When you have a string of liquidations after your name and you’ve run so many scams you could do it in your sleep, sometimes two or three separate con-jobs at a time, such as flying to London to tell investors one thing, flying to Belfast to tell the lunatic fringe something else, telling the media a whole different pack of lies and telling yet another series of tall tales to the game’s governing bodies … Hell, telling porkies to the ordinary man in the street, tugging his heart strings with one hand whilst the other is feeling for his wallet … that’s child’s play.
You also get to enjoy yourself a little, and the rush must be addictive.
“Because murder is like anything you take to. It’s a habit-forming need for more and more. You can bump off every member of your family … and anybody else you find a bore.”
Alternatively, you can decimate the board of directors as if it’s your own private St Valentine’s Day Massacre and then you can blame the chaos you’ve unleashed on outside parties with a series of well-timed media conferences to a compliant press where you allege that your club is in this god-awful state because of bigotry.
Be careful though, because that compliant press eventually becomes a problem all on its own, especially if you start enjoying the limelight.
“Now you can join the ranks of the illustrious, in history’s great dark hall of fame. All our greatest killers were industrious …. at least the ones that we all know by name.”
See, these guys are used to doing their thing in private, and there were always going to be problems when they were faced with mega media scrutiny, and especially when that scrutiny started to become a buzz in its own right.
That’s when you start getting the former hack on the payroll to write you a “funny” wee script and start making wee Christmas videos of yourself, which end up hilarious in a manner you never intended. Oh how Sevco fans must have laughed. Now it’s just the rest of us who do.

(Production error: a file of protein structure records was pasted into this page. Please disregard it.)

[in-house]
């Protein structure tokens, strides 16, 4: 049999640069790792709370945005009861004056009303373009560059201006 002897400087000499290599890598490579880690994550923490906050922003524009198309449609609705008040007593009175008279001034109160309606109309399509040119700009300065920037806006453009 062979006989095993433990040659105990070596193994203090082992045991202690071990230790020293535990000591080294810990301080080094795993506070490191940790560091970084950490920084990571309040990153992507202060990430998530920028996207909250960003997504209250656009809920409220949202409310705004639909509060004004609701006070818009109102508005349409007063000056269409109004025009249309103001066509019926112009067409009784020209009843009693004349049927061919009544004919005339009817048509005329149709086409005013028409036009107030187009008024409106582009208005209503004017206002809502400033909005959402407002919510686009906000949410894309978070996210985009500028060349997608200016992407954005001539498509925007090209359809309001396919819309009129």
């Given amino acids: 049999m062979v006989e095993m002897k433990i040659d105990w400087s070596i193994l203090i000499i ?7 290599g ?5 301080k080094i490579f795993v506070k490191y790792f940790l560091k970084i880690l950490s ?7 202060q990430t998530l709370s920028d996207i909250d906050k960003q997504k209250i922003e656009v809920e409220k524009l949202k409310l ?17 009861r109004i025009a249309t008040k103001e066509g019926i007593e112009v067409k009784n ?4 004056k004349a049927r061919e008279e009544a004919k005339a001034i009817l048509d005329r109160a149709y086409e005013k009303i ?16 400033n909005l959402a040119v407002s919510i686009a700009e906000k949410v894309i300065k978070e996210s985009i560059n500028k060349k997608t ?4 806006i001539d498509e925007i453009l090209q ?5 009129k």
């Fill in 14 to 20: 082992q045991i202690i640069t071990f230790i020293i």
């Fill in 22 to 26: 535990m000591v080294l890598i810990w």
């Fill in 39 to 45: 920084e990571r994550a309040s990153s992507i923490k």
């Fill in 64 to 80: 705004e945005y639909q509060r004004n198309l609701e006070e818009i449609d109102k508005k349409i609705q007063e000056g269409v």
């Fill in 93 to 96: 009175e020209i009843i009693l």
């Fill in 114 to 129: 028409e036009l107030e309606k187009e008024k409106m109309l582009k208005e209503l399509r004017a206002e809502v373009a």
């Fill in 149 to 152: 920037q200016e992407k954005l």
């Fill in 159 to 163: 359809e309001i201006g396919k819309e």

Oh Charlie, what were you thinking? Did no-one ever tell you the most industrious killers are the ones we never know by name? They are the ones who don’t get caught. You ought to have stayed one of those guys in the shadows.
Or maybe you learned something. Maybe that experience taught you to be more careful in the future. Maybe you faked your own departure and are now running the show at arm’s length, hidden behind those PO boxes I talked about in the last piece.
“But you can reach the top of your profession, if you become the leader of the land. For murder is the sport of the elected … and you don’t need to lift a finger of your hand.”
There’s a lesson there too. Being the man at the top means you can get away with whatever you like. Look at Peter Lawwell. When the slow poisoning of Sevco starts to become acute, just think of the fun he could have telling you that this time around there’ll be no special favours, no bending of rules, no chance of a backstage deal. I, personally, would rather see someone like Turnbull Hutton in the Executioners Hood myself, but that’s by the by ….
For the purposes of this particular moment in time, it does not matter at all who sits as the chairman of the board. This slow killing is going on without his involvement at all and the CEO is about as switched on as a soggy circuit board. The leader of the land is a faceless stranger, who’s got his finger on the Off Switch, and can press it any time he likes.
For years I dreamed of a calamitous event wiping this club away. You can tell, by now, that I’ve had a lot of fun with this vastly more satisfying scenario, this Chinese Death of a Thousand Cuts.
“And its Murder by Numbers, 1-2-3 … It’s as easy to learn as your ABC …”
You know what that means, right? If you own the shares you can sell them to one of your mates and teach him all the steps … and he can teach the guy after him … and he can teach the guy after him … and he can teach the guy after him ….
If the club really can’t die you could, theoretically, kill it over and over and over again, for the next 100 years, if that’s what you really wanted to do.
From Murray, to Whyte, to Green, to Easdale and into the future … on it goes.
We might just run out of ice cream and jelly long before it’s done.